So how is that food scrap program kicked off in 2020 coming along? “It continues to make gains,” tells McGuigan. “It would be fabulous if we had curbside pickups, but until we get there, I think that the program works quite well. And don’t forget many people in Greenwich compost in their backyards.”
As to community engagement McGuigan points to that talk on, “A Farmer’s Perspective on Food & Climate Change.” “We are working on a plan to come up with more speaker events,” she says, “so stay tuned.” And check out their impressive first newsletter online. “We’re very excited about that,” she says. “That should be a regular feature going forward.”

As a member of the Board of Selectmen, McGuigan makes it her business she says “to go to all of the neighborhood association meetings.” And when asked to speak, she says, “I’m so happy to talk about the Sustainability Committee…We’re really working on trying to elevate our profile on many different platforms. We have a Town Proclamation in April for Earth Day. And new this year we will be awarding sustainability awards to town residents who promote sustainability in town. So be on the lookout for requests for nominations.”

Checking out those Committee Sector initiatives

So, the Sustainability Committee lists eight Sector focuses, each with a chair or co-chair, The focuses include Business, Community Culture, Climate Resiliency, Food Systems, Land & Water, Legislative & Advocacy, Transportation & Air Quality, and Water Reduction.

McGuigan suggests checking out each Sector’s New Year’s resolution in the online newsletter. But her colleague Myra Klockenbrink’s, who co-chairs the Sector on Land & Water was ready to share what they are up to. “The Land/Water Sector is planning a discussion on prioritizing our trees and forests. Greenwich is lucky to have intact forests within its boundaries, many fragments between properties and of course many parcels as part of properties. Our trees provide many services to our community — most obvious is shade that cools our landscape in what is becoming a longer, hotter warm weather season. They also help us mitigate flooding, an ever-present threat. Even a single oak tree is a huge repository of biodiversity unmatched in the most pollinator friendly of herbaceous landscapes.”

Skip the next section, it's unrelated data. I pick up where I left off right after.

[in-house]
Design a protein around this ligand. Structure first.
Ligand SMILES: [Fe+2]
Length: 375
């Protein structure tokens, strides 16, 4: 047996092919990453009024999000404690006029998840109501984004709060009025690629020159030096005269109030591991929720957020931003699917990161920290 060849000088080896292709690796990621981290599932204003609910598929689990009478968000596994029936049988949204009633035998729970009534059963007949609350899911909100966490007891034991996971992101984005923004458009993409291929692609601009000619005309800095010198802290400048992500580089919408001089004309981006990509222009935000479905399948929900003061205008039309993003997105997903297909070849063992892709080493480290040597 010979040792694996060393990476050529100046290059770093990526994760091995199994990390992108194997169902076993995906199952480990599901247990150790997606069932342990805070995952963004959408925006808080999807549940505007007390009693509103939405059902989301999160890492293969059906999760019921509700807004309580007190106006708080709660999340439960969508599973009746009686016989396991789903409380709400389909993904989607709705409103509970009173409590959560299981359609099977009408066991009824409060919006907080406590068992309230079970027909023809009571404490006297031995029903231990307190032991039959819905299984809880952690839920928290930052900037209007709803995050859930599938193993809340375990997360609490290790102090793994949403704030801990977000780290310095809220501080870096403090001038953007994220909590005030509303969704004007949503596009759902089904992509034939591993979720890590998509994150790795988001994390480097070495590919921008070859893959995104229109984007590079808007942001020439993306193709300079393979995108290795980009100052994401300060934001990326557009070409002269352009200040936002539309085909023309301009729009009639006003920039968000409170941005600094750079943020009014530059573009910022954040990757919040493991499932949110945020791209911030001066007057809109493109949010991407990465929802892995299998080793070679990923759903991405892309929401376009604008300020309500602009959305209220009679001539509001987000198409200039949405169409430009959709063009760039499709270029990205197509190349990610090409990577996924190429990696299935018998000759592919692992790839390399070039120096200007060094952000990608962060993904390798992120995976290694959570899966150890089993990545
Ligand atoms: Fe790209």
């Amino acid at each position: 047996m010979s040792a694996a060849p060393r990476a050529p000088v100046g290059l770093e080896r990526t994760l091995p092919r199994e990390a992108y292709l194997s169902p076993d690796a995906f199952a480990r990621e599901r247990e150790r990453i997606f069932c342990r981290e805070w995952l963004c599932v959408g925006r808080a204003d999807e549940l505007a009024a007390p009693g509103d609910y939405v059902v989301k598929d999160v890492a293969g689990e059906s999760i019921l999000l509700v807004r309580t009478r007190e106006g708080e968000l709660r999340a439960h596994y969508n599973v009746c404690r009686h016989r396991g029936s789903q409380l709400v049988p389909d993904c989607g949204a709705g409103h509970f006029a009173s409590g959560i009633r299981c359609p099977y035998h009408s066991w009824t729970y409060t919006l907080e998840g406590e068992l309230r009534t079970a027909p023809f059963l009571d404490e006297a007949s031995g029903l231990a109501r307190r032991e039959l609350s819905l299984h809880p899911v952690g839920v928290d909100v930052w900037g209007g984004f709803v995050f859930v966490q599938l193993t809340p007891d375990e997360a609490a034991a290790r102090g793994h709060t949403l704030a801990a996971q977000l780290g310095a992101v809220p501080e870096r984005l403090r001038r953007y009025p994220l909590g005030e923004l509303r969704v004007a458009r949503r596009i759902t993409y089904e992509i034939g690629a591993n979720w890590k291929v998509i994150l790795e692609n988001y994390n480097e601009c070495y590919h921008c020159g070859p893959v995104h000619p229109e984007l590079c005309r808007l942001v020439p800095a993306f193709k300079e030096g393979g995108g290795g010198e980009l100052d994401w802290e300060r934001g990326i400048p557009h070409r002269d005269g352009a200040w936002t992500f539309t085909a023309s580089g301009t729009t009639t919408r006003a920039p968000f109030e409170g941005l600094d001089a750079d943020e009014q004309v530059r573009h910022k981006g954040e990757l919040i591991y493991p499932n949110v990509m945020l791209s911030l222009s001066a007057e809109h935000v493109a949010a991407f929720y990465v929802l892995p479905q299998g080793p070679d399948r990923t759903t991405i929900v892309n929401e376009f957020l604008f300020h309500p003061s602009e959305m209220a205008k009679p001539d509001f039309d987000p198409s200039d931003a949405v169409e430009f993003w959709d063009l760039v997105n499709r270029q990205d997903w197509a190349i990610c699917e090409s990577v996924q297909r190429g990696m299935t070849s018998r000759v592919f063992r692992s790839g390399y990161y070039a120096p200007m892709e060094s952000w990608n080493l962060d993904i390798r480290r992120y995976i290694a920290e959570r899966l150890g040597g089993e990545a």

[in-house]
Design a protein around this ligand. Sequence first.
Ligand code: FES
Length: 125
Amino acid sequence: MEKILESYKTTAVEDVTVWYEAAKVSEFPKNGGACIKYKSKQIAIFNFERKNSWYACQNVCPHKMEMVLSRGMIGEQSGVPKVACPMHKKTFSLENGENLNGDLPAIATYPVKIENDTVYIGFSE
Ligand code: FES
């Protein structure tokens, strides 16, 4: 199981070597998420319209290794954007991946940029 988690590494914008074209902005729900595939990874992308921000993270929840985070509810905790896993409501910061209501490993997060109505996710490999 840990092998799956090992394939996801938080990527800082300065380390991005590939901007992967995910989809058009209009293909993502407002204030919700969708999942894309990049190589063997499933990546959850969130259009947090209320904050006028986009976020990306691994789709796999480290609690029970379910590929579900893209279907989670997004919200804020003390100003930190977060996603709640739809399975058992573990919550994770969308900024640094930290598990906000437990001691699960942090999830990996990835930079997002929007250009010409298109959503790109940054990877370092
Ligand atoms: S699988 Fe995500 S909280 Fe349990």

Klockenbrink’s Land/Water Sector she says “wants to inspire residents to husband their trees and become actively educated on how to preserve this precious resource. We are exhorted to plant trees as a mitigation against climate change, but the trees we have now are doing the work now and we need to preserve as many of them as we can.”

Serving as Committee Co-chair with McGuigan is Beth Evans, wearing two hats in the Town as director of both Environmental Affairs and Inland Wetlands. For someone who was “about ready to retire” she says, “One of the things that made this an appealing job was that the town of Greenwich not only had the words sustainability and resiliency and adaptation, they clearly were working to make those things a reality and part of the town’s fabric. So, in addition to wetland permits and environmental review, one of the things that excites me about this job is being able to work with people at a ground level, if you will, and see if we can help shape a little bit of the future in terms of the direction the Town is going. So that’s pretty broad, but it’s why I’m pretty excited about working with the town for the Town.”

Postscript: As of last August, the Board of Selectmen approved its climate resolution that commits the town to a plan by December 2023, with a working group starting to draft that plan, with help from members of the Greenwich Sustainability Committee.